The West Virginia Mountaineers scored a touchdown one minute into their game against the Texas Christian University Horned Frogs and never trailed at home in Milan Puskar Stadium. The Mountaineers improve to 6-0 for the first time since 2006 and are in complete control of their own destiny in every respect.
This ball game was not the an elegant offensive shootout. WVU held the Horned Frogs to 300 yards of total offense, but only managed to gain 389 themselves. TCU was able to pressure Skyler Howard and produced five sacks for a total loss of 51 yards, but WVU won the turnover battle 3 takeaways to none. This game was won with defense and ball control.
At first glance, the Mountaineers only averaged 3.3 yards per carry. If you adjust for the sack yardage, the story becomes a bit different. The Mountaineer running backs carried the ball 32 times for 153 yards. That works out to a far more respectable 4.8 yards per carry. Rushel Shell accounted for 120 yards on 24 carries. When the offensive line creates space for the very talented corps of backs, opposing defenses have no choice but to crowd the line of scrimmage. WVU’s group of WR’s is too fast and deep to try to guard man to man.
Skyler threw for only 231 yards, but he did so by going 16/23 (70%). He threw four touchdown passes, and most importantly did not turn the ball over. Jovon Durante made a miraculous diving catch. Shelton Gibson, Ka’Raun White, Gary Jennings, and Daikiel Shorts each caught a touchdown pass.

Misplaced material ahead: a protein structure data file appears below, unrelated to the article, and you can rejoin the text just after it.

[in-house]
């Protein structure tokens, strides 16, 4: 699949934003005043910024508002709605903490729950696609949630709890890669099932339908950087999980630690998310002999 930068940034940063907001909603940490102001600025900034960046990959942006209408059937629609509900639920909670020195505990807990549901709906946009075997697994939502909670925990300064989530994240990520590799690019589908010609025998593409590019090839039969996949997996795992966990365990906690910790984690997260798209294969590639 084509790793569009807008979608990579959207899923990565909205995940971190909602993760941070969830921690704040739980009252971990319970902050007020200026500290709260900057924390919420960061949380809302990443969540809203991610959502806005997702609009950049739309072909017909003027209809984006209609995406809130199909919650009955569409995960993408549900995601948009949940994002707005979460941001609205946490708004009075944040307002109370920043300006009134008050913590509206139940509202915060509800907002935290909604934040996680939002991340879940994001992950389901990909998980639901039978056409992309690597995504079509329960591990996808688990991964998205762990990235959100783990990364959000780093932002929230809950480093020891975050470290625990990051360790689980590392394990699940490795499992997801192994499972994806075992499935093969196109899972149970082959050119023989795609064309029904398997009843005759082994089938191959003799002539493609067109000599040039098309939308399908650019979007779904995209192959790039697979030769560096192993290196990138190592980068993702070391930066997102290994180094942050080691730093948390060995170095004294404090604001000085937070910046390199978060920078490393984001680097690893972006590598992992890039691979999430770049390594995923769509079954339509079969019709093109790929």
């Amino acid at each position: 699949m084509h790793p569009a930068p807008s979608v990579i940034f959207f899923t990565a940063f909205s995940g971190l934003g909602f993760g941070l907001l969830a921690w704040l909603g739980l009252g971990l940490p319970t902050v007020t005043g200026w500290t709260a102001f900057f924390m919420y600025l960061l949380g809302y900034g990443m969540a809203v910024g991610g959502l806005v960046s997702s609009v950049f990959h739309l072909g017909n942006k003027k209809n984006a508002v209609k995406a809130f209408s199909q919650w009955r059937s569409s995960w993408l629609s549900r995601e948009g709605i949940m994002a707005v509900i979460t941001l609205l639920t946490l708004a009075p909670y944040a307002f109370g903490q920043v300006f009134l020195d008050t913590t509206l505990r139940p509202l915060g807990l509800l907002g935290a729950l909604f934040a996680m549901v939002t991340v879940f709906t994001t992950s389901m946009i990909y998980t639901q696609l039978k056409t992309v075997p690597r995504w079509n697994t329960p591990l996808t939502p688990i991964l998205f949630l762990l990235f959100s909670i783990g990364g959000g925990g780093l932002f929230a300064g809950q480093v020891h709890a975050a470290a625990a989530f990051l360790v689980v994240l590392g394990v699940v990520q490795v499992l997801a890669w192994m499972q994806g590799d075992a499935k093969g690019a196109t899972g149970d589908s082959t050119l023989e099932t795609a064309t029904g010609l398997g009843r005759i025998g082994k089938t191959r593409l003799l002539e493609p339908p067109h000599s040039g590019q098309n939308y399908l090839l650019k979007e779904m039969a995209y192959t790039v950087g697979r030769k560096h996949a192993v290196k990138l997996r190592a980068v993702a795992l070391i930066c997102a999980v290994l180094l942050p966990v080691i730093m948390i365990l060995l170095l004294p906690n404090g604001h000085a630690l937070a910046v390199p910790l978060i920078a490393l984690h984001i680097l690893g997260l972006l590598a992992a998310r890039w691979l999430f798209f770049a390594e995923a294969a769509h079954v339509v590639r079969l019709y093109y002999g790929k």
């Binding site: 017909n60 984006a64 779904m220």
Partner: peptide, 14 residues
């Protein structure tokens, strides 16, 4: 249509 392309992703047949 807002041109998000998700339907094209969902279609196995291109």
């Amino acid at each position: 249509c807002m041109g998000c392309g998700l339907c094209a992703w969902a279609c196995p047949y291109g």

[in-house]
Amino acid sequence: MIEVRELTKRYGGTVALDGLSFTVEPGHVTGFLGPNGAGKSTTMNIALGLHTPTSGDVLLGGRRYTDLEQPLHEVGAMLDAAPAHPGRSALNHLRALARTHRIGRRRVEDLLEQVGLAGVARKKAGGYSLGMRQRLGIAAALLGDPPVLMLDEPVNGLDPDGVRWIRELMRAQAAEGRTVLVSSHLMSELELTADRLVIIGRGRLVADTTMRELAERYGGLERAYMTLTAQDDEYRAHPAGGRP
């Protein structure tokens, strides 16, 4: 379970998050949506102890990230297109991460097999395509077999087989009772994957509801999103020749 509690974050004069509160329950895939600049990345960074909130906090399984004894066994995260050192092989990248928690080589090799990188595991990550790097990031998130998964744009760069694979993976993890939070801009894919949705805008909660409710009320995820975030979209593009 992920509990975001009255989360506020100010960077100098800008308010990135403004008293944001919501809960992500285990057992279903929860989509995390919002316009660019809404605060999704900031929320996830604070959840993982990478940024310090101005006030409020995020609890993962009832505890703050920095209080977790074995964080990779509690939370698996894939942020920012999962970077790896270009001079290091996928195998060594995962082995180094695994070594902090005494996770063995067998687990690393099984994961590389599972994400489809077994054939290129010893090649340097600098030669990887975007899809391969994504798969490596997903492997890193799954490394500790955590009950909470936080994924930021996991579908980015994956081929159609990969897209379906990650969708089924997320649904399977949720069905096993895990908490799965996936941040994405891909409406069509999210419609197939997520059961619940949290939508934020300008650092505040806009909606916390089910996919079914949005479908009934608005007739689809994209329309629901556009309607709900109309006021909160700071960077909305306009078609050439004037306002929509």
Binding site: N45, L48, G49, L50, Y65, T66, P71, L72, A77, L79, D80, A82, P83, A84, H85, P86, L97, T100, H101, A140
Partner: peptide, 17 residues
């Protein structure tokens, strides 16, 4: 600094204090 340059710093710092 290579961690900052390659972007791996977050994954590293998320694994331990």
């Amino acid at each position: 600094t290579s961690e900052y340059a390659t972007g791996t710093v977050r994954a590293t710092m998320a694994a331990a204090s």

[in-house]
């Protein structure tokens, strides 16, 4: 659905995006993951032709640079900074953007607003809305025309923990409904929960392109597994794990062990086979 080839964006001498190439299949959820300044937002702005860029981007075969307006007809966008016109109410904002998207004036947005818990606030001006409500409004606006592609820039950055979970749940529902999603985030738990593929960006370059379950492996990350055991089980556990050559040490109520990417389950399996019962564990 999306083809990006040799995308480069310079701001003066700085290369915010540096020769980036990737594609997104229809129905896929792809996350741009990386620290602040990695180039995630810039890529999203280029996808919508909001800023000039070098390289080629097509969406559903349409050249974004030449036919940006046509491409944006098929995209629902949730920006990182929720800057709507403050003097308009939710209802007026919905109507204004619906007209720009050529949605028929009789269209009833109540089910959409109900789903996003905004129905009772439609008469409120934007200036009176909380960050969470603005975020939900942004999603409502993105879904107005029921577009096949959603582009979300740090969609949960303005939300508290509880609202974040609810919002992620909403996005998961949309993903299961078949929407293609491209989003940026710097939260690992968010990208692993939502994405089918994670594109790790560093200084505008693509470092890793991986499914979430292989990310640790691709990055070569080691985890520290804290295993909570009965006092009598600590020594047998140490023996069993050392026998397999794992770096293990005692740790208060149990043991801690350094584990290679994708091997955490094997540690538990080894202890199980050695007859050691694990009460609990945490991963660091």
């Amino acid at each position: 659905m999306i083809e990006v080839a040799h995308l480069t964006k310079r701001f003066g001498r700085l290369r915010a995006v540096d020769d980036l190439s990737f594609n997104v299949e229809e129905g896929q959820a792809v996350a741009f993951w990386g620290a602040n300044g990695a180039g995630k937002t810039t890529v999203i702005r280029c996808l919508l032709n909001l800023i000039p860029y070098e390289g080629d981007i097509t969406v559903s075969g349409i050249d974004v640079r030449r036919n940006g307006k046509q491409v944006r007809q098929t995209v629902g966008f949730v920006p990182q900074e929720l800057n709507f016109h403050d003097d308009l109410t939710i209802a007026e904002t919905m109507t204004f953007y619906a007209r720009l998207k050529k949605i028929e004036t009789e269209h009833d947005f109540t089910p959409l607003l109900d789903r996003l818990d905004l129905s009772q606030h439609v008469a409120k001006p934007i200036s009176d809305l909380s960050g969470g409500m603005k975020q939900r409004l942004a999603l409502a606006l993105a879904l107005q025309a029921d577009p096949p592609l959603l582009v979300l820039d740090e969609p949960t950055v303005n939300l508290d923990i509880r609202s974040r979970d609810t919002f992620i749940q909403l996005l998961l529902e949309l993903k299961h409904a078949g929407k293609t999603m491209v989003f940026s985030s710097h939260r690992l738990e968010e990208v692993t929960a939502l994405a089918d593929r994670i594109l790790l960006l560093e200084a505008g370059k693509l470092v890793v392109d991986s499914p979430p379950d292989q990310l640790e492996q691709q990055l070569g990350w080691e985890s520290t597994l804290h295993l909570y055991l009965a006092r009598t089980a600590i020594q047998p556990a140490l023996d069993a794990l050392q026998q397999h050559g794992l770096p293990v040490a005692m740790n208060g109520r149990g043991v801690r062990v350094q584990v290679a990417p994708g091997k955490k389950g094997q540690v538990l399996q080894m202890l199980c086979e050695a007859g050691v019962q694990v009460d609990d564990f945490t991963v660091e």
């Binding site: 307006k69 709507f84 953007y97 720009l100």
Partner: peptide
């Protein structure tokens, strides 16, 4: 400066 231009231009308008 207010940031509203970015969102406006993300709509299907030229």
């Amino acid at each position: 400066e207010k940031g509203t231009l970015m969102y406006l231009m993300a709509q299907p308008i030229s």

The Mountaineers finished the game with a distinct advantage in time of possession, at nearly 34 minutes. What is even more incredible, is that after taking a 21-10 lead into the locker room at halftime, the Mountaineers came out and held the ball for almost 14 minutes in the third quarter. The Horned Frogs never had a chance because they never had the ball.
The strength of this team is the defense. They held TCU to 2/11 on third down. It is scary to think about how efficient they could be if the offense is able to keep them off the field as much as they did in the second half of yesterday’s ball game. It may not be quite the look you have come to expect from a Dana Holgorsen football team, but this team is a balanced, disciplined, and complete football team.
Where do the Mountaineers go from here?
Well, literally, they go to Stillwater next Saturday to face Oklahoma State. The Cowboys are 5-2 and will provide the next hurdle that WVU will have to get over to remain undefeated. Figuratively, where the Mountaineers need to go is pretty much right where they are.
There is undoubtedly room for improvement in all three phases of the game. But this team has shown that it can stop opposing offenses, turn them over, and protect the football. They have shown that they are comfortable spreading it out and playing pretty quickly, but that they are also happy to slow it down, huddle up and run the dang ball.
In recent seasons, it has felt most of the time that no WVU lead was safe. The defense has notoriously been exposed by big plays and the offense was always capable of a momentum devastating three and out. Those concerns are not nearly as prominent as of late. A potent rushing attack, and an offense that has shown a proclivity for holding onto the football mean that the Mountaineers are good at taking the air out of the ball, moving the sticks, and bleeding the clock.
I said it last week, and I hope to say it every week through the rest of the season. If this team can remain focused, play hard and fast, disciplined football, they are fully capable of winning every game on the schedule. Unfortunately, this is a weird and random sport far too often, and consistency is easier said than done. For one more week, WVU has done every thing they can and will land in Oklahoma an undefeated, top 10 football team.